David ChavezJune 04, 2019

Capitalizing on the Most Beneficial Use Cases of AI

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Over 90% of companies agree that artificial intelligence (AI) is one of the most important technologies for 2019, according to research firm Vanson Bourne. So, how can AI be implemented to deliver more intelligent experiences and drive new efficiency gains? The research shows that most organizations consider customer communications, predicting customer behavior, and CRM as being among their top three most beneficial use cases of AI.

Here are some first-hand tips for practically applying these use cases within your organization:

Customer Communications

One of the greatest applications of AI we’re seeing for customer communications is personal virtual assistant technology (either the devices themselves or their backend systems) for customer service purposes as a new channel of communication. For example, you could take the machine learning and natural language processing (NPL) technology behind Alexa (Lex) and use it to build customer service automation platforms similar to traditional voice IVR. Amazon, for example, leverages Lex to provide conversational interfaces to user’s applications powered by the same deep learning technologies as Alexa.

Outside of personal virtual assistants, organizations can apply machine learning around customer conversations—whether text- or voice-based—to better understand the types of experiences customers are having in a specific communication channel also known as mining for intent. This can help brands pinpoint the top things customers are saying or top issues being reached out about. Machine learning technology—as part of the backend systems of AI-enabled devices—can rapidly provide analysis around communication and how customers are interacting to identify important patterns and surface problems more immediately for faster resolution.

Predicting Customer Behavior

One of the greatest challenges of adopting AI is that it generally requires a three-step process. The first, and arguably most difficult, step involves accurately pulling in data sets. What is the appropriate relevant data that will help build the model to achieve the desired outcome being pursued? Once you have identified the relevant data sets, it must be determined how the model will be built so that the data yields the desired outcome (or not). This can be verified by how the model reflects the trends and patterns leading to the desired outcomes (or not). At this point (or sometimes done just prior to this) it is important to determine if there is bias in the data that is being reflected in the model that is resulting in outcomes that do not really reflect a more full range of potential input. You need to avoid the garbage in garbage out phenomena.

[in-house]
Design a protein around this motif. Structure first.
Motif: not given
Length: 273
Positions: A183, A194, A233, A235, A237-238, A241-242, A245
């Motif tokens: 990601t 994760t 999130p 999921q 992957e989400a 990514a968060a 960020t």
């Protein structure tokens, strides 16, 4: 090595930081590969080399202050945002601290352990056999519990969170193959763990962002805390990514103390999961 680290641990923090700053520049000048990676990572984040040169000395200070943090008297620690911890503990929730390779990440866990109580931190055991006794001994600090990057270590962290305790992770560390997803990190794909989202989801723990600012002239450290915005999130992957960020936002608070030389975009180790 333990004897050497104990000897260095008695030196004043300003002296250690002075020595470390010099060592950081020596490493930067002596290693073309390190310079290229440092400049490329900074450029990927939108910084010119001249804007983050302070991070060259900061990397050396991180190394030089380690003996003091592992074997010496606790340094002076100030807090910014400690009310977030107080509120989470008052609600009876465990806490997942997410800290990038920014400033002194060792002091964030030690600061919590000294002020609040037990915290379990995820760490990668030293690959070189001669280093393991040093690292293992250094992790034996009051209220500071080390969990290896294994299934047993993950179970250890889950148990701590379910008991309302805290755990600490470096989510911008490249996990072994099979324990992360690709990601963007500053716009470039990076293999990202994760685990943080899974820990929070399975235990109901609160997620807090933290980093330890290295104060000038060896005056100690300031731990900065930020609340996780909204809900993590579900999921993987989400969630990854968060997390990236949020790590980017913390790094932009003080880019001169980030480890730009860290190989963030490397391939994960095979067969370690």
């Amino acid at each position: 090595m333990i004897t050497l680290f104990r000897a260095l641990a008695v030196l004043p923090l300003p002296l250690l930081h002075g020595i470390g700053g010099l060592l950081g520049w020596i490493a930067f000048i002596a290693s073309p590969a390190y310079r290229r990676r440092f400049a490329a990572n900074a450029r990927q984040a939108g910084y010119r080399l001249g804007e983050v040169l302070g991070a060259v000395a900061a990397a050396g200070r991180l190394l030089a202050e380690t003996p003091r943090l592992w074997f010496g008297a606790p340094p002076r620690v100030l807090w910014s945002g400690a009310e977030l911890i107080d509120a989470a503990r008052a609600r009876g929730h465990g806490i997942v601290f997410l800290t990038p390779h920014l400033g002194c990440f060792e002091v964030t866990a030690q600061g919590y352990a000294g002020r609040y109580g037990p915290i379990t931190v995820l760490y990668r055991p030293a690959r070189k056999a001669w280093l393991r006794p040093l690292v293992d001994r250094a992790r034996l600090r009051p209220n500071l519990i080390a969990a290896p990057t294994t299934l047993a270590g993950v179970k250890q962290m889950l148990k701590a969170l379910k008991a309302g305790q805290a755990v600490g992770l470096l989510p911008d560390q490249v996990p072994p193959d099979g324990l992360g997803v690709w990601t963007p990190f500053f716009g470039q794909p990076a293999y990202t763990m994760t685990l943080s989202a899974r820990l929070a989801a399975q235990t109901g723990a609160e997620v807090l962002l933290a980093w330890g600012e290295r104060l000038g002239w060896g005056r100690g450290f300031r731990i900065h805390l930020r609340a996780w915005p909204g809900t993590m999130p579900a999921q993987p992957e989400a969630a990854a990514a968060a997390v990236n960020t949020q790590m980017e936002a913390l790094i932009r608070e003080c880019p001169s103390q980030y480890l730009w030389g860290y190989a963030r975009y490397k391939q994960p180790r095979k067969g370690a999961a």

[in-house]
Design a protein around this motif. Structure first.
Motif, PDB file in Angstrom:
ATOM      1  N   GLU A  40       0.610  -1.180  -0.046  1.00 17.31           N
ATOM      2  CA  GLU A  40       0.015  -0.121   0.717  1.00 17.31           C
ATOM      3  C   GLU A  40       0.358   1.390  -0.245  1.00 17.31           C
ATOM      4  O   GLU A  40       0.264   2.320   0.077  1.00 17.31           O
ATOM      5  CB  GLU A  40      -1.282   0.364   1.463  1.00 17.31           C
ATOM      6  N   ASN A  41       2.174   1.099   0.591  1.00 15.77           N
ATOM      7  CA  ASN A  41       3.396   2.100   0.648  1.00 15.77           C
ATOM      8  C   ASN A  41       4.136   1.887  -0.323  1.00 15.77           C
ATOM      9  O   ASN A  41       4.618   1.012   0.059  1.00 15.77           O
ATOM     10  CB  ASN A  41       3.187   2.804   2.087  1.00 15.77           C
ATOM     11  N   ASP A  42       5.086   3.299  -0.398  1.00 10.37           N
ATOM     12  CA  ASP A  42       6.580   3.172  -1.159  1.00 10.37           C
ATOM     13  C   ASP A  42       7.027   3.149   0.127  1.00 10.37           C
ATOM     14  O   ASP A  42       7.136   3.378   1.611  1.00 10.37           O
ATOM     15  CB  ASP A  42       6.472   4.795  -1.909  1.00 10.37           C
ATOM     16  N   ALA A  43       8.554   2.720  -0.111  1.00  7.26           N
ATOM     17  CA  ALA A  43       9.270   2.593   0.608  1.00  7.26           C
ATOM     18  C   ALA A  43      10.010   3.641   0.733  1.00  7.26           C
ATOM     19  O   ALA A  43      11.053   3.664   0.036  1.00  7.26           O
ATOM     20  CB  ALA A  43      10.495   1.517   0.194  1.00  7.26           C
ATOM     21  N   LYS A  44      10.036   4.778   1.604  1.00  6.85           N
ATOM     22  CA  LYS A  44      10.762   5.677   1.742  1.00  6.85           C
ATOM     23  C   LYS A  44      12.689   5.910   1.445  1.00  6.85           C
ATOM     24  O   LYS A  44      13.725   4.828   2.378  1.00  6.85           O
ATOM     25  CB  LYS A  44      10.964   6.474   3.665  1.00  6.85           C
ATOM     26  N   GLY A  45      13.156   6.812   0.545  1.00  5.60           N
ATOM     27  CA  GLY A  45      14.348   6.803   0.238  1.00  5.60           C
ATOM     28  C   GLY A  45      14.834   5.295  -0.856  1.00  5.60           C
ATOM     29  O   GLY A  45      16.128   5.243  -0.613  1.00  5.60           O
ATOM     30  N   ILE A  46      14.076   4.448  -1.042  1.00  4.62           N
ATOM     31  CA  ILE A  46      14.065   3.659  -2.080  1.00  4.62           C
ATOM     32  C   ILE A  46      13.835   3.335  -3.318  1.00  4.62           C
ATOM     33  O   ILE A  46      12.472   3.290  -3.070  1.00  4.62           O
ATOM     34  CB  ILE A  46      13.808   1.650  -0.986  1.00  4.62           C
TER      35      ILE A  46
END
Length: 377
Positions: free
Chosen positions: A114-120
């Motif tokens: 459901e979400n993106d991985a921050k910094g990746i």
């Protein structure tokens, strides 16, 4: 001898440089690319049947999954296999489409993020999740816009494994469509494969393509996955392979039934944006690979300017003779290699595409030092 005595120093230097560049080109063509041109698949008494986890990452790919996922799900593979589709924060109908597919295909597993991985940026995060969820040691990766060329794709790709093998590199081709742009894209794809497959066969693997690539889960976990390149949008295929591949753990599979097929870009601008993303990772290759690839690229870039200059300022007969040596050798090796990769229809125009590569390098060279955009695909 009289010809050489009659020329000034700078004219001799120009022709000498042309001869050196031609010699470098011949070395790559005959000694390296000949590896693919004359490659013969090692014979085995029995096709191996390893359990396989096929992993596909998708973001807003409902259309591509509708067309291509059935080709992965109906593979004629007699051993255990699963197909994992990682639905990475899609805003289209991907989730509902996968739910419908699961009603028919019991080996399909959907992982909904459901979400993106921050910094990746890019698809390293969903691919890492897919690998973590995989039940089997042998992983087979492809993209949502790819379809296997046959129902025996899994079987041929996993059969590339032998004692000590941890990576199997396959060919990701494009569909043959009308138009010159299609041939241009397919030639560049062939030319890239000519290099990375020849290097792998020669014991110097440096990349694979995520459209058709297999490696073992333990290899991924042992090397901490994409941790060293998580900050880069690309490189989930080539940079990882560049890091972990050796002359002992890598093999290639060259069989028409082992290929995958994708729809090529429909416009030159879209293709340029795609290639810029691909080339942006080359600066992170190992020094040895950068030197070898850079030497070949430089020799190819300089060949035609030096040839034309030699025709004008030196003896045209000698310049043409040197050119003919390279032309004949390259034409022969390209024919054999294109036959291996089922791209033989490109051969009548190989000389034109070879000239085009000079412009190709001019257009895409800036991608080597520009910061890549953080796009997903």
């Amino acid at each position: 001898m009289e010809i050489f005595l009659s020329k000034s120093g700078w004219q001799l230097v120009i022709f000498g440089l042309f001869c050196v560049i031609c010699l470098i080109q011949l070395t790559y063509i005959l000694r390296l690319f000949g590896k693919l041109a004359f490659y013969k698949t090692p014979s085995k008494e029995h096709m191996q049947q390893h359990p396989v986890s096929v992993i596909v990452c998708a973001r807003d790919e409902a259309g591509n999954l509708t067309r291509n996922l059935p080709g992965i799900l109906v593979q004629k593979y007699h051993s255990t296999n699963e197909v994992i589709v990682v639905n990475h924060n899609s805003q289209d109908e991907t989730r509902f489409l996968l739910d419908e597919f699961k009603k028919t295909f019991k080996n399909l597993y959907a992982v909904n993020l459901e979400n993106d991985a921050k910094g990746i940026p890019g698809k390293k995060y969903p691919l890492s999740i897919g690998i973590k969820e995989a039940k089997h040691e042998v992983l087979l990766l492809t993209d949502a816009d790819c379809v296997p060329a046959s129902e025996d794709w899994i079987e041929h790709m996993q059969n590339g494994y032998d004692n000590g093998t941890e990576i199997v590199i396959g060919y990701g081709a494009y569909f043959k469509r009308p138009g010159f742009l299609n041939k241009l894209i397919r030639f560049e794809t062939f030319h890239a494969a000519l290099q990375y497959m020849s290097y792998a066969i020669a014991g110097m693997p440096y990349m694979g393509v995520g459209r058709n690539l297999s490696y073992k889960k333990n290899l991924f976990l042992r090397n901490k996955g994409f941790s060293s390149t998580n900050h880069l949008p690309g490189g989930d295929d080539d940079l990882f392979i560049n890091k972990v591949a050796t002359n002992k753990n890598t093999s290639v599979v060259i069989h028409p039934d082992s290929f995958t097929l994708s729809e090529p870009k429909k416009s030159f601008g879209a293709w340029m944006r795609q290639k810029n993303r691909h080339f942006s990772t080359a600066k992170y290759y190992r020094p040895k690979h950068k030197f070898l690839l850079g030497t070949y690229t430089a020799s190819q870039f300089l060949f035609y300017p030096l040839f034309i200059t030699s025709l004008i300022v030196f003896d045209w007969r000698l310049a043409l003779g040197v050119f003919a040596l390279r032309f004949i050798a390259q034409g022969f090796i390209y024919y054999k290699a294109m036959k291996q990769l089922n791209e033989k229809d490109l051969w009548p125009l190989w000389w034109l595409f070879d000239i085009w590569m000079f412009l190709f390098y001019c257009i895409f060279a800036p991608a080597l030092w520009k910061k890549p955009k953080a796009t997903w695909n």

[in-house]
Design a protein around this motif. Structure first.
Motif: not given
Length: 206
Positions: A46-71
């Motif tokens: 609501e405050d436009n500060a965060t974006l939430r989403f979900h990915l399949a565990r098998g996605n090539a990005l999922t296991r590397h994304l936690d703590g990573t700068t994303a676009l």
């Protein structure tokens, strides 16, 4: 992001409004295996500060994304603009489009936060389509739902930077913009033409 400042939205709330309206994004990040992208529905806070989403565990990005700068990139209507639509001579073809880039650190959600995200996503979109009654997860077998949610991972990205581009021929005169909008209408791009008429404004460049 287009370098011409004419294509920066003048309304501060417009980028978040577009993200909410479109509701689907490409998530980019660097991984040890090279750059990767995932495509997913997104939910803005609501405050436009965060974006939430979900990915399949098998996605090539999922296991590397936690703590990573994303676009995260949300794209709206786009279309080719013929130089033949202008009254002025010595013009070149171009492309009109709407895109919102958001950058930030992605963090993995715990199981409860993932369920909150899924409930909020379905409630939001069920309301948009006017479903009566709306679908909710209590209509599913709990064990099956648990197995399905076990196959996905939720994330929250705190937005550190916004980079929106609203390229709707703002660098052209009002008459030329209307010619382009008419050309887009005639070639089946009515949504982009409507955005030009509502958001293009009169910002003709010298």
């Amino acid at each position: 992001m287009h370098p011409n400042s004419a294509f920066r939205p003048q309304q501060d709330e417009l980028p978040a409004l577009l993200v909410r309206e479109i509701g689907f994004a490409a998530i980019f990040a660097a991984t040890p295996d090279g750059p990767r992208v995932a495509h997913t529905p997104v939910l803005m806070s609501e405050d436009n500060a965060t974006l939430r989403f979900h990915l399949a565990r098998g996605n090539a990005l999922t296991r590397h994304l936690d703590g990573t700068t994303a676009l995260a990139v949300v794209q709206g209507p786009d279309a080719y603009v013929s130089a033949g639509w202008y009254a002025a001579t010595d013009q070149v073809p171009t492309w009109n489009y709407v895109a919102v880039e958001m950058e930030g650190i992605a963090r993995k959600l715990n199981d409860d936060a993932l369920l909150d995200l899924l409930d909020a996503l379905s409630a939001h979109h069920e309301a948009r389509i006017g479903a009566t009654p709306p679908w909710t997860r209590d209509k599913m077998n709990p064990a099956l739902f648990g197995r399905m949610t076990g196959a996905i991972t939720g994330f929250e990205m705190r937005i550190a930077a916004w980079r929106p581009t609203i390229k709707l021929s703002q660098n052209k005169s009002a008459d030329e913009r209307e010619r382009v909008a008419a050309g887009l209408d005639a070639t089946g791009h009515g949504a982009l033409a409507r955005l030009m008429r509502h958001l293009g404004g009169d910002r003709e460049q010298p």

Once you have effectively completed this three-step process you can start driving what we at Avaya call “next best action” (a.k.a. deciding what action to take for a particular customer based on a particular issue). For example, you might determine that because a customer’s bill is over by a certain amount of dollars every month or has reached out to customer support a certain amount of times per month that they are at risk for retention. Informed by your AI-based analyses, you can choose to automatically route these customers to your retention-risk team.

After this comes measurement for continual improvement. For example, you might discover that you save eight out of every 10 customers sent to your retention-risk team. This is solid data that can be used to effectively enact new and improved strategies.


CRM technology remains fragmented, with the average organization operating around three or four platforms. There’s a massive amount of consolidation that needs to happen to overcome the greatest challenge of applying AI in this space: ensuring an accurate system of record. If data is questionable or inaccurate, you’ll need to go through a data sanitizing exercise to ensure everything is correct and up-to-date. It’s critical that companies do this, as CRM is one of, if not the greatest source of data for AI systems.

As mentioned previously, it is important to recognize and then correct for bias inherent in the system. The choice of what data is collected, the methods of collecting, the correlations that are assumed in the organization of the data all can lead to bias or hidden relationships that can drive the resulting model. However, that hidden relationship may drive the model inappropriately resulting in an unsatisfactory result. Any model development that does not undergo a bias detection (and correction) step likely will result in an unsatisfactory result.

Ready to get started? Schedule a Discovery Workshop with Avaya Professional Services. We’ll help you identify the key areas of your organization where AI can have the greatest impact upfront. Learn more.


David Chavez

David Chavez is a Vice President in the Office of the CTO, responsible for Architecture and Consulting. Having 25 years of experience and holding 76 US patents, David is responsible for Avaya's award-winning and market-leading IP communications architecture and the creator of the Avaya Aura(R) architecture. He has a B.S. in Computer Science and Mathematics from New Mexico State University and an M.S. in Mathematics from Colorado State University, with some executive education from Stanford Graduate School of Business.

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